Reports on the use of penicillin appear in increasing numbers in almost all fields of medicine. Certain properties of the substance explain the hope for its therapeutic effectiveness which is shared by all members of the medical profession : first, its bacteriostatic action in high dilutions against many species of organisms, especially pyogenic cocci, gonococci and clostridiums; then, its low tissue toxicity, and, last, the great solubility and diffusibility of the salts of the compound.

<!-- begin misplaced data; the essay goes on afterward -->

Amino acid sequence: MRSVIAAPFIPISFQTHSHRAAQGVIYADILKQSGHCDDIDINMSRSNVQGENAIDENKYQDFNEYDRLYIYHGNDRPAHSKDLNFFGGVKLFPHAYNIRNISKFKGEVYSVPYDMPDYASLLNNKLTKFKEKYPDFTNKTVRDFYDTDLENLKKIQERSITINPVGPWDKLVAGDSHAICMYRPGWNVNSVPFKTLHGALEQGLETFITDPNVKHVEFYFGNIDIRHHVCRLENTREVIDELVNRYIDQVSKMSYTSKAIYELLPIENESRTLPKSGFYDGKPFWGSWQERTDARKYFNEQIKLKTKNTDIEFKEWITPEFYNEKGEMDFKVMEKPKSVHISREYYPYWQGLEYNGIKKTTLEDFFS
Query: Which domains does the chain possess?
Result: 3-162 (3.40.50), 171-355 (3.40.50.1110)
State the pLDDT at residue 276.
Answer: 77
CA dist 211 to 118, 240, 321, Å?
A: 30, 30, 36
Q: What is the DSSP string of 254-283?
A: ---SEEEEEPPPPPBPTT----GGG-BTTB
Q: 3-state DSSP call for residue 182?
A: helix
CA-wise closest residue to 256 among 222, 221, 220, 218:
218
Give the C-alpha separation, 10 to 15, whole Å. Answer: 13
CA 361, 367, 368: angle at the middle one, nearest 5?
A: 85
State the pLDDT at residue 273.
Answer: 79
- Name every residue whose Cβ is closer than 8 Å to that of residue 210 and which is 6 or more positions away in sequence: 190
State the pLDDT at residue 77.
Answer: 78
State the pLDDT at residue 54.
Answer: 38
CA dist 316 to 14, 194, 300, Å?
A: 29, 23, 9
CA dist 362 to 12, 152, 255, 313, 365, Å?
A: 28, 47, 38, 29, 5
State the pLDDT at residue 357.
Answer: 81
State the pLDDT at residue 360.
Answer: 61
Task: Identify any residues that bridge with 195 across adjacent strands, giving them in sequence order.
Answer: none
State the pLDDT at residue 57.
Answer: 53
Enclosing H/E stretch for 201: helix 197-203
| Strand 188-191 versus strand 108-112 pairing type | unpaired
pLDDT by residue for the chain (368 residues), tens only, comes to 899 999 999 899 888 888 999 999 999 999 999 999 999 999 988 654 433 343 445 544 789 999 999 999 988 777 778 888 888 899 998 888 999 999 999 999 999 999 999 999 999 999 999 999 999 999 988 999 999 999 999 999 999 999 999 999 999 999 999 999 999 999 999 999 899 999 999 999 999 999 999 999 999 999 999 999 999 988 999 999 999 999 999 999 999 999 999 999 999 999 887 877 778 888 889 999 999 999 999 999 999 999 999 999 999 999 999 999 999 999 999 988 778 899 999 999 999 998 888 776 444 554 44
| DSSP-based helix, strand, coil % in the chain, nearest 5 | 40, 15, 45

Because of these qualities it is not surprising that the first paper published by Florey and his co-workers1 on the practical use of penicillin in general included 4 cases of ophthalmic disease. In a second publication, Florey and Florey2 reported satisfactory results from treatment with penicillin of a series of infections of the lid border, the conjunctiva, the cornea and the tear sac. In a number of these cases, which were selected by Ida